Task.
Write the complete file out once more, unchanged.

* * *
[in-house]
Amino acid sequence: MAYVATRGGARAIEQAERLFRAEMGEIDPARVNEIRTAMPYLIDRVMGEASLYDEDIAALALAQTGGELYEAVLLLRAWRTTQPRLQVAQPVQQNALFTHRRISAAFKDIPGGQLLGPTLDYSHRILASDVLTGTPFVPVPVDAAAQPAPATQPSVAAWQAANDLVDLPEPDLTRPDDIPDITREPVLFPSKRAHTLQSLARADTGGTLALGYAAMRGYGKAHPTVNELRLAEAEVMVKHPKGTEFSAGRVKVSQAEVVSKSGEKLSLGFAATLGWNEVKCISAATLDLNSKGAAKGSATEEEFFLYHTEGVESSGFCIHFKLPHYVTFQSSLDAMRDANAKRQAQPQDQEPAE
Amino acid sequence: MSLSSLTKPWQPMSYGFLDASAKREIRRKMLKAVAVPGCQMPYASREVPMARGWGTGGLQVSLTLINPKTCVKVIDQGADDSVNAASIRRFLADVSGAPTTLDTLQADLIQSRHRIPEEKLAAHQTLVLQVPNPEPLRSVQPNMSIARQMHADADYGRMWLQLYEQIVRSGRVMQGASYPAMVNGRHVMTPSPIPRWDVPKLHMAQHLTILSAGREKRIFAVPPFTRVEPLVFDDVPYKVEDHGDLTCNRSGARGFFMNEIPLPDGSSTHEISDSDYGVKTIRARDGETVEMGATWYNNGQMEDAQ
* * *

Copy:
[in-house]
Amino acid sequence: MAYVATRGGARAIEQAERLFRAEMGEIDPARVNEIRTAMPYLIDRVMGEASLYDEDIAALALAQTGGELYEAVLLLRAWRTTQPRLQVAQPVQQNALFTHRRISAAFKDIPGGQLLGPTLDYSHRILASDVLTGTPFVPVPVDAAAQPAPATQPSVAAWQAANDLVDLPEPDLTRPDDIPDITREPVLFPSKRAHTLQSLARADTGGTLALGYAAMRGYGKAHPTVNELRLAEAEVMVKHPKGTEFSAGRVKVSQAEVVSKSGEKLSLGFAATLGWNEVKCISAATLDLNSKGAAKGSATEEEFFLYHTEGVESSGFCIHFKLPHYVTFQSSLDAMRDANAKRQAQPQDQEPAE
Amino acid sequence: MSLSSLTKPWQPMSYGFLDASAKREIRRKMLKAVAVPGCQMPYASREVPMARGWGTGGLQVSLTLINPKTCVKVIDQGADDSVNAASIRRFLADVSGAPTTLDTLQADLIQSRHRIPEEKLAAHQTLVLQVPNPEPLRSVQPNMSIARQMHADADYGRMWLQLYEQIVRSGRVMQGASYPAMVNGRHVMTPSPIPRWDVPKLHMAQHLTILSAGREKRIFAVPPFTRVEPLVFDDVPYKVEDHGDLTCNRSGARGFFMNEIPLPDGSSTHEISDSDYGVKTIRARDGETVEMGATWYNNGQMEDAQ